threatened with extinction.

Appendix II – Species which may become threatened

with extinction if not closely monitored.

Appendix III – Species that are already being voluntarily

regulated by a specific country of origin irrespective of Appendixes

I or II.

ITTO (International Tropical Timber Organization)

and ITTA (International Tropical Timber Agreement) –

The ITTO as an organizational body made up of and overseen

by the United Nations is made up of member countries

who have signed an agreement to adopt and support

CITES regulations. The process then moves on to compli-

The U.S. Lacey Act and programs like Tropical Forest Products’

Legal Lumber stand as the compliance benchmark for trading

and specifying wood products.

At Tropical Forest Products, located in Mississauga, ON, we support

the protection of forests and the communities that depend on


ance with Domestic Laws and Regulations.

U.S. Foreign Corrupt Practices Act – It is a felony

to commit bribery or fraud in any form in an international

transaction. This includes not only monies but exchanges

of goods, services, favors or any other transaction of


U.S. Forced Labor Laws – It is a felony to trade in any

product in which forced labor or any form of slavery, child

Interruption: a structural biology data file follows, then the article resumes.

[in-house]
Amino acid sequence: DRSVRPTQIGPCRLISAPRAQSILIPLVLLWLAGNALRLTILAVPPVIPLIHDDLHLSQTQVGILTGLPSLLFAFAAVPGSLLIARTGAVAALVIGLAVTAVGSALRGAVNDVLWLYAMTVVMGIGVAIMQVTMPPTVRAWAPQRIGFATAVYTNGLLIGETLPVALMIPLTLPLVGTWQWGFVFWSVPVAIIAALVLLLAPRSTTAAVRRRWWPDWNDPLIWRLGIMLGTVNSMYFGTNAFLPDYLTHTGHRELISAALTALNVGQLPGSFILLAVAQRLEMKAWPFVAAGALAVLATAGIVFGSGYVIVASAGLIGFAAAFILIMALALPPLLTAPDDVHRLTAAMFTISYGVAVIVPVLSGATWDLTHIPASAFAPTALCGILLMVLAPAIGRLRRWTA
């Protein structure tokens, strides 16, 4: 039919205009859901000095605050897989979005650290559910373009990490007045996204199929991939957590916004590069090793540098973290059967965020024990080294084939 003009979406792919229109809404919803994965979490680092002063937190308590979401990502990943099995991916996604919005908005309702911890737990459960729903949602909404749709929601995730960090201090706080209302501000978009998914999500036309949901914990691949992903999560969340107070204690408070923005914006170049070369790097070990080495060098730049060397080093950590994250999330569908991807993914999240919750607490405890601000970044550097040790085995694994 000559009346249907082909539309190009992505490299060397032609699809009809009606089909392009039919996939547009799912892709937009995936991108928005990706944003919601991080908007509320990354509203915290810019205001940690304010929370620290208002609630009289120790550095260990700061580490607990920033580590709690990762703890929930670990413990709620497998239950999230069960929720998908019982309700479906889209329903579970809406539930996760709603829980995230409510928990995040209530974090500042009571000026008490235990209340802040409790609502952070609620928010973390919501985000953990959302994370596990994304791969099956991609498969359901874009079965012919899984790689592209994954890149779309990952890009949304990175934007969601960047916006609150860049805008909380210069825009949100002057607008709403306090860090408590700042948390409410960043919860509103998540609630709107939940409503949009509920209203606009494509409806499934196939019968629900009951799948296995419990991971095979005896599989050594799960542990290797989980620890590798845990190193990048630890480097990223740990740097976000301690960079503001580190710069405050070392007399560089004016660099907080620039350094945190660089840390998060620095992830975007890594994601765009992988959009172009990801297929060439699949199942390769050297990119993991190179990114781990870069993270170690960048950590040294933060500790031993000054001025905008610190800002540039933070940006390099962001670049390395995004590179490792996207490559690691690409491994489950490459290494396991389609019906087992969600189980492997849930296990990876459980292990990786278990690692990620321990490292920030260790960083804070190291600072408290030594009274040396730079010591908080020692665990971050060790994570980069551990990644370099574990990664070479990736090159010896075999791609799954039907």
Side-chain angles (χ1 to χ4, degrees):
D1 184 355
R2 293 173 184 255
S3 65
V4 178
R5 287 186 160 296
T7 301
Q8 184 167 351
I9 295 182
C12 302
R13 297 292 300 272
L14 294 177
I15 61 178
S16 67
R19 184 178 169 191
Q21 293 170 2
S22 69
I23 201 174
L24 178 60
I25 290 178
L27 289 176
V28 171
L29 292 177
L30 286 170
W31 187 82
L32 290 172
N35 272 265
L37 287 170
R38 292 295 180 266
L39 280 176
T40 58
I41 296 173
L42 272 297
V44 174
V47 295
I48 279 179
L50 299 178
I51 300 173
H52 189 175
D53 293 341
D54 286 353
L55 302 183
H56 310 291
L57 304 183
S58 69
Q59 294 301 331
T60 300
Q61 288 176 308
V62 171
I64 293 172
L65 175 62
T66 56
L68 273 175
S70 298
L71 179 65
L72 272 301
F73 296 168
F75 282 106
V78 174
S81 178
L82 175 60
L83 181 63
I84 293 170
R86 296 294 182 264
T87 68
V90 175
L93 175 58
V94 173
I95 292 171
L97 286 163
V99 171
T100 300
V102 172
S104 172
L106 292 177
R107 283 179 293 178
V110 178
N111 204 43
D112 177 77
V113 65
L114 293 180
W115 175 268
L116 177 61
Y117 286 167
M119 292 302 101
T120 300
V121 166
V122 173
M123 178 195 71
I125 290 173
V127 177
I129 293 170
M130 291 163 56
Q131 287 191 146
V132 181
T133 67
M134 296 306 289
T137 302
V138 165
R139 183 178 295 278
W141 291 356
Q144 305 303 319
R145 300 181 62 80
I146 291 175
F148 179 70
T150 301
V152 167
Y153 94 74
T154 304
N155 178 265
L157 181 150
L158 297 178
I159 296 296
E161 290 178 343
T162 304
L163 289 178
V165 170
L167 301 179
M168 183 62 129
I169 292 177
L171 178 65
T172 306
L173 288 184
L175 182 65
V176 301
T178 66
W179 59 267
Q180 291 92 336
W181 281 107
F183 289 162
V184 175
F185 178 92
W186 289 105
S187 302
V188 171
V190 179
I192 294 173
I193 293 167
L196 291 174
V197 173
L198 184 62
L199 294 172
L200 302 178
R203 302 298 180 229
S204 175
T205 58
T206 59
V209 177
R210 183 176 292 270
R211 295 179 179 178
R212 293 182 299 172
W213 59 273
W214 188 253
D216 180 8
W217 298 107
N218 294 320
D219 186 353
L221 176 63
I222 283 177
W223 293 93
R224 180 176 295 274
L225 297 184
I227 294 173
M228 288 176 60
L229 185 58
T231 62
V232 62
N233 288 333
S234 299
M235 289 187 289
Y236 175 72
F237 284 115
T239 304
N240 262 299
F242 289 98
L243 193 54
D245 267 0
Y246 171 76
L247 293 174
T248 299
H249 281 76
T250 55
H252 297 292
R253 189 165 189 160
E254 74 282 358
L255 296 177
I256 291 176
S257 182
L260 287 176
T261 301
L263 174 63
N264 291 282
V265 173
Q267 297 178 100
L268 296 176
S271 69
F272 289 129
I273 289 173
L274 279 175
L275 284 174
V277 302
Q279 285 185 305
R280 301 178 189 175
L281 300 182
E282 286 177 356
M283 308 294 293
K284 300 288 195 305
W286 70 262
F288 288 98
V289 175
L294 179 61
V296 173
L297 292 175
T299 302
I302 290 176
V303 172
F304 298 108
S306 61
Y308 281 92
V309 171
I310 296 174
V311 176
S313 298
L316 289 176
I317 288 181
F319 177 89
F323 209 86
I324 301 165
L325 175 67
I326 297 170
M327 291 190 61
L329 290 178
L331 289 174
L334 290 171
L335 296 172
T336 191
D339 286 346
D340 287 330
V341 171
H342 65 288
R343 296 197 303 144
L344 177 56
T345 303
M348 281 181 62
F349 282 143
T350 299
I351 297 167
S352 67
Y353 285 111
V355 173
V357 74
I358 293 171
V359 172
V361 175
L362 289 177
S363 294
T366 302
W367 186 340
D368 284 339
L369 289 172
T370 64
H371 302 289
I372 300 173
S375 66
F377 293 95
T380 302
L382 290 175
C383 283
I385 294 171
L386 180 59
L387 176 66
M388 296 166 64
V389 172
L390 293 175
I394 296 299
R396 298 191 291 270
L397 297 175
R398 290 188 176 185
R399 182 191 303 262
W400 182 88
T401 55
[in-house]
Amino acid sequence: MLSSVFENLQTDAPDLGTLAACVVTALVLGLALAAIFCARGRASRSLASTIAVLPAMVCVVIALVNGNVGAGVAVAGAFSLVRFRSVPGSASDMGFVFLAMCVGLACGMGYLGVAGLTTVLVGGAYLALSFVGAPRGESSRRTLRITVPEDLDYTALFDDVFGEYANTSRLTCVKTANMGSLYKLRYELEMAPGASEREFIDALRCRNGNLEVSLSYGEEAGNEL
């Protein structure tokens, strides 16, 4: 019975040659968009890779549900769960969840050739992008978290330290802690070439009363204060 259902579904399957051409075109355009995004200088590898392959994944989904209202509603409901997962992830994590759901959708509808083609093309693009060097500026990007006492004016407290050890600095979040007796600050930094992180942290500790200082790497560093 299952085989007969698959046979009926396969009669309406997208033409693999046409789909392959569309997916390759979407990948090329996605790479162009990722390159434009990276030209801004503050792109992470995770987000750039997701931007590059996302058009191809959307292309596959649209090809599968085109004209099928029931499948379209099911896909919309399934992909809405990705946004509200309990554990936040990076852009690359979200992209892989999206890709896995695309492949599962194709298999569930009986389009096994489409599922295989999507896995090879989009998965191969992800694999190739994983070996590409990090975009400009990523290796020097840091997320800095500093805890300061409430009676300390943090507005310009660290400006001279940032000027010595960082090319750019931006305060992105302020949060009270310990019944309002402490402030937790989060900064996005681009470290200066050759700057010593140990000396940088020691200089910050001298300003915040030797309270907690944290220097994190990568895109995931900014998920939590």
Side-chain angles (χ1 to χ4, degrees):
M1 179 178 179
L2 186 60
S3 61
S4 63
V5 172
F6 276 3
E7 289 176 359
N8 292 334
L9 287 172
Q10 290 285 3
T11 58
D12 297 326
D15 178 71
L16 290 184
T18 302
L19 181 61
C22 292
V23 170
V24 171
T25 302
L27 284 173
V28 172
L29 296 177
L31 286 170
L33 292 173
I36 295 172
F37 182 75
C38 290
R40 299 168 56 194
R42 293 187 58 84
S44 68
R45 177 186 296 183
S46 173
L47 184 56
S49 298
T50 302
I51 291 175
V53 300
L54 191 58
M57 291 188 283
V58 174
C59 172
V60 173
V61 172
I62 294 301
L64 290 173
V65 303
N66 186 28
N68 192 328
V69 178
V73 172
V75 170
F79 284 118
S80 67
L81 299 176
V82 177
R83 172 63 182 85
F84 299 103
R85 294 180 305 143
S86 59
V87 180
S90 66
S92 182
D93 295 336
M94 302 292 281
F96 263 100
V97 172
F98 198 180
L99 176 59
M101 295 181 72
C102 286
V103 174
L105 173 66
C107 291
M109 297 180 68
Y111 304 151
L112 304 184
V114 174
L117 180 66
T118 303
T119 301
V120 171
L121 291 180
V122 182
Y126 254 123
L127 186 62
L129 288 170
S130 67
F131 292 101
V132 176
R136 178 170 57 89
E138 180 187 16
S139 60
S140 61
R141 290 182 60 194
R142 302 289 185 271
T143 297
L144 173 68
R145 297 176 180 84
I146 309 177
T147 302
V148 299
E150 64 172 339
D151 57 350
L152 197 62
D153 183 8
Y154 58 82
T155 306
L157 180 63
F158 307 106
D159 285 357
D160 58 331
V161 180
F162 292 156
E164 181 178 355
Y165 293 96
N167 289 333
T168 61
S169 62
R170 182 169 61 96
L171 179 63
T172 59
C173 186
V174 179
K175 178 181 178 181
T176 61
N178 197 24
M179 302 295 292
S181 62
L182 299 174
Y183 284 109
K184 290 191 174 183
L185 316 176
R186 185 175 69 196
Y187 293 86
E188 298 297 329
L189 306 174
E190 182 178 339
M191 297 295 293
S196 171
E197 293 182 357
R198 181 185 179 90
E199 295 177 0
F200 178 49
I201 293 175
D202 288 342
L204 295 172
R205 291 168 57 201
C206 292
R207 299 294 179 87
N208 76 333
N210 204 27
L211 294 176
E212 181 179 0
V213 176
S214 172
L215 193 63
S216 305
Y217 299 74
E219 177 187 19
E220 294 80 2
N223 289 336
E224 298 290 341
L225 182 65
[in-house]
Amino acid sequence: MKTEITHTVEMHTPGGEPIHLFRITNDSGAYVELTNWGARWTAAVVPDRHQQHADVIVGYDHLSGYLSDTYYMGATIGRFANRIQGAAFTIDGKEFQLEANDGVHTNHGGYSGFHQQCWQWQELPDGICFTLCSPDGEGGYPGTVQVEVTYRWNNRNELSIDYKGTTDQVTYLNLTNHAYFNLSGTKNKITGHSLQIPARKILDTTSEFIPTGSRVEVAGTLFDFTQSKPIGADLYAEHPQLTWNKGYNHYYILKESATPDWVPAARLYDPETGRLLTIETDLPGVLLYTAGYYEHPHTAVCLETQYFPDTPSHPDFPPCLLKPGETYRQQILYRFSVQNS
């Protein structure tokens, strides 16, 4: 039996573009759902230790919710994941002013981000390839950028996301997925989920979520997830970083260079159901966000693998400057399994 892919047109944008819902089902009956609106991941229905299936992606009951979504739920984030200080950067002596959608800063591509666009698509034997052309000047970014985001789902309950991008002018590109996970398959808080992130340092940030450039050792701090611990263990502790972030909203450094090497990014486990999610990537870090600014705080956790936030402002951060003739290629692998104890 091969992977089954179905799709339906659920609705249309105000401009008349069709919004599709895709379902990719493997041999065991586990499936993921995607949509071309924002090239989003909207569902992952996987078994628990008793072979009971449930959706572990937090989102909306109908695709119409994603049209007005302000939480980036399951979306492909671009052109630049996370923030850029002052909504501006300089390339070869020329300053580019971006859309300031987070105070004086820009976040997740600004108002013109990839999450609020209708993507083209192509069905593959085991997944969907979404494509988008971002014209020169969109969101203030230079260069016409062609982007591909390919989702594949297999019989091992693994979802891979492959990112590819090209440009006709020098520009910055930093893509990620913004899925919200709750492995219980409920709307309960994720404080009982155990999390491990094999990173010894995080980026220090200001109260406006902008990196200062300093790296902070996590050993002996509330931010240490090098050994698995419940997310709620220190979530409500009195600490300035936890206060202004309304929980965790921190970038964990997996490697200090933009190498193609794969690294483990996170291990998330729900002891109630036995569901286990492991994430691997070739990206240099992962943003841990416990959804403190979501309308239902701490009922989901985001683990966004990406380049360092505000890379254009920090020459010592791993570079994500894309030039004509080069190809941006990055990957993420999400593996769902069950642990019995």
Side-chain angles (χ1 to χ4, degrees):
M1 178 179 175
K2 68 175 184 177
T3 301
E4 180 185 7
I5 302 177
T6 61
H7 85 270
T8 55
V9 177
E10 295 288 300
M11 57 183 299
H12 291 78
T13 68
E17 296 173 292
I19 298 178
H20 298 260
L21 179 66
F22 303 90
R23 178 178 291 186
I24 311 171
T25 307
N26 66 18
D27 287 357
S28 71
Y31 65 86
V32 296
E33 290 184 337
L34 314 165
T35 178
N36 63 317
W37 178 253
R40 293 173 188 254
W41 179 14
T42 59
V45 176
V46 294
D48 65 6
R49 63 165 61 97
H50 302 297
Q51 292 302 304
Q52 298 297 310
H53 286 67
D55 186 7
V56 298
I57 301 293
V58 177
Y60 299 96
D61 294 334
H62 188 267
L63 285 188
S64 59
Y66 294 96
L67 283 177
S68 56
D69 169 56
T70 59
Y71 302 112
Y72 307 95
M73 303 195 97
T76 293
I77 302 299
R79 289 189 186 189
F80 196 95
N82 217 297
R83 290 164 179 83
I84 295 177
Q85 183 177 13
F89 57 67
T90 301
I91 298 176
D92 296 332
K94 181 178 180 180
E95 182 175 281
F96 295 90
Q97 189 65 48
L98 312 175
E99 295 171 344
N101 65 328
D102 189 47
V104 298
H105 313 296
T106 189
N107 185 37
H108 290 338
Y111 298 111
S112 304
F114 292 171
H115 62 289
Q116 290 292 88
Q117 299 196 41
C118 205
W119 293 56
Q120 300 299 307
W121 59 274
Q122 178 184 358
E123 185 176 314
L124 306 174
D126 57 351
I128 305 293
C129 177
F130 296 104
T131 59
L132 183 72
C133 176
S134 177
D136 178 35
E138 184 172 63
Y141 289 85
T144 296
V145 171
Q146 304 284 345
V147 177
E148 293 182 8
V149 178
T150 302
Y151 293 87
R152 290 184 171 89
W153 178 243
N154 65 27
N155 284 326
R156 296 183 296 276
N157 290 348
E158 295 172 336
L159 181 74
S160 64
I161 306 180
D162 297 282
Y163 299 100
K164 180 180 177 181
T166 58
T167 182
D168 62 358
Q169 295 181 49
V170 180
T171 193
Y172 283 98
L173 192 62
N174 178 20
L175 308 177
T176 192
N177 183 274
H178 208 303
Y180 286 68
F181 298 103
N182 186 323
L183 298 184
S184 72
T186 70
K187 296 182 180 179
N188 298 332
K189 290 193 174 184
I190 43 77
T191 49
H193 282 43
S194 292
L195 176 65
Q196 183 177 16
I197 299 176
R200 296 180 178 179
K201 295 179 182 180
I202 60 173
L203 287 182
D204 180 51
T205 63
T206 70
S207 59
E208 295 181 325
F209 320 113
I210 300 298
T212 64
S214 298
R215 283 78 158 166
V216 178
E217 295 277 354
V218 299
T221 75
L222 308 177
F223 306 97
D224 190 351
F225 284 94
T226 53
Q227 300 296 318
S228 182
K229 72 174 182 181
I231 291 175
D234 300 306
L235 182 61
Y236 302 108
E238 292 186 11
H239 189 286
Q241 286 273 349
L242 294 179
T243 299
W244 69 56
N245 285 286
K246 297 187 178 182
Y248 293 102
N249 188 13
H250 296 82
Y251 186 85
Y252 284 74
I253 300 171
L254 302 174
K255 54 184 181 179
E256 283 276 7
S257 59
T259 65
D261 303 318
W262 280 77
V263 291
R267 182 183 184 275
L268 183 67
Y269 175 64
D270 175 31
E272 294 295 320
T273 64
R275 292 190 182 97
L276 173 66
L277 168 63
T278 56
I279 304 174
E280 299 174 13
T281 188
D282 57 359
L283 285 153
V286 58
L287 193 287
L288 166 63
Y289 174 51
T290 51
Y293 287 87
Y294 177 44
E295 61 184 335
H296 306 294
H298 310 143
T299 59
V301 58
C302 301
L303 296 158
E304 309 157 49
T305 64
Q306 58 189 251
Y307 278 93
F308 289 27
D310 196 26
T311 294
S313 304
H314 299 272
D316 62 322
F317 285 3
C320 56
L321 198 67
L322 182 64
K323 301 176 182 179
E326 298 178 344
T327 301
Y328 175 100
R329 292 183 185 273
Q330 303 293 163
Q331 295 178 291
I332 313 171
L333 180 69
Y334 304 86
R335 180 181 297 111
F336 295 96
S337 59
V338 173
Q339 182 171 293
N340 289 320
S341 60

or adult has been used in the production, transport or

any other act related to the sourcing of any goods or


U.S. Buy American Act – The U.S Buy American

Act requires that government agencies preference

products sourced and or produced in the United States

unless there is no products with equivalent qualities

available domestically or if that product is required for

historic preservation. Iron Woods fall into this category

as there are no species of wood grown domestically

which provide the performance characteristics associated

with naturally durable tropical Hardwoods.

These International and Domestic Laws and Regulations,

backed by implemented and audited systems

and procedures, as well as independent environmental

initiatives represent the Minimum standard of accountability

under which Tropical’s Black Label brand

products are sourced, processed, distributed and sold.

The process then moves to domestic initiatives and


USGBC (U.S. Green Building Council) and LEED

(Leadership in Environmental Design) – Programs

like the USGBC and LEED provide financial incentives

in the form of tax relief for designing buildings which

Please turn the page



Sure-grip, anti-slip corrugated surface

Angled design clears moisture more

efficiently vs. straight fluted sticks

Removes moisture, decreases dry time

and increases drying quality

“Often Imitated,

Never Duplicated”

Improved Yard Safety,

Increased Drying Efficiency

& Reduced Drying Costs

Trusted quality & service for 20+ years

Discounts for program customers

20 +





Dependable•Durable•Long Lasting

The Company that Defeated Sticker Stain

519.842.6841 | info@breezedried.com

We Also Buy Lumber !





Tropical Forest Products is an FSC Chain of Custody certified

company. That means we can trade in FSC certified forest products

subject to their availability and market demand.

meet minimum environmental criteria in support of sustainability

efforts. The process then moves to NGO’s

(Non Government Organizations).

FSC (Forest Stewardship Council) – The FSC developed

Principles and Criteria for sustainable forest management.